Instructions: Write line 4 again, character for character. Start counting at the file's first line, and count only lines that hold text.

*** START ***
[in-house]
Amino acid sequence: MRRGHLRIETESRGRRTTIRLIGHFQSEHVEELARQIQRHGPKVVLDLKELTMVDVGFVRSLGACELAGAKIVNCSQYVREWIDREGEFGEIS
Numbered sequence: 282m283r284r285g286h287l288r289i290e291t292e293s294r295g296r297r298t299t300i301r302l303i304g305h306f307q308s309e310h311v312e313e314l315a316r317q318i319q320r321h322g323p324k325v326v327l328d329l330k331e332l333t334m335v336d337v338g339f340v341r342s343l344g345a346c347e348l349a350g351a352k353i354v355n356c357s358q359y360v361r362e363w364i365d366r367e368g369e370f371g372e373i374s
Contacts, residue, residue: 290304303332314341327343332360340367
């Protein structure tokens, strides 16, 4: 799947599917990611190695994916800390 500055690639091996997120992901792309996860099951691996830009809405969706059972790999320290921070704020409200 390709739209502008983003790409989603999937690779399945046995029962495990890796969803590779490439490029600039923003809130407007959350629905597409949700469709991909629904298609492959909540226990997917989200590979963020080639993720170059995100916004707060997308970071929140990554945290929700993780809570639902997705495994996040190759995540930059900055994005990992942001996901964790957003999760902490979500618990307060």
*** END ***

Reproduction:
Contacts, residue, residue: 290304303332314341327343332360340367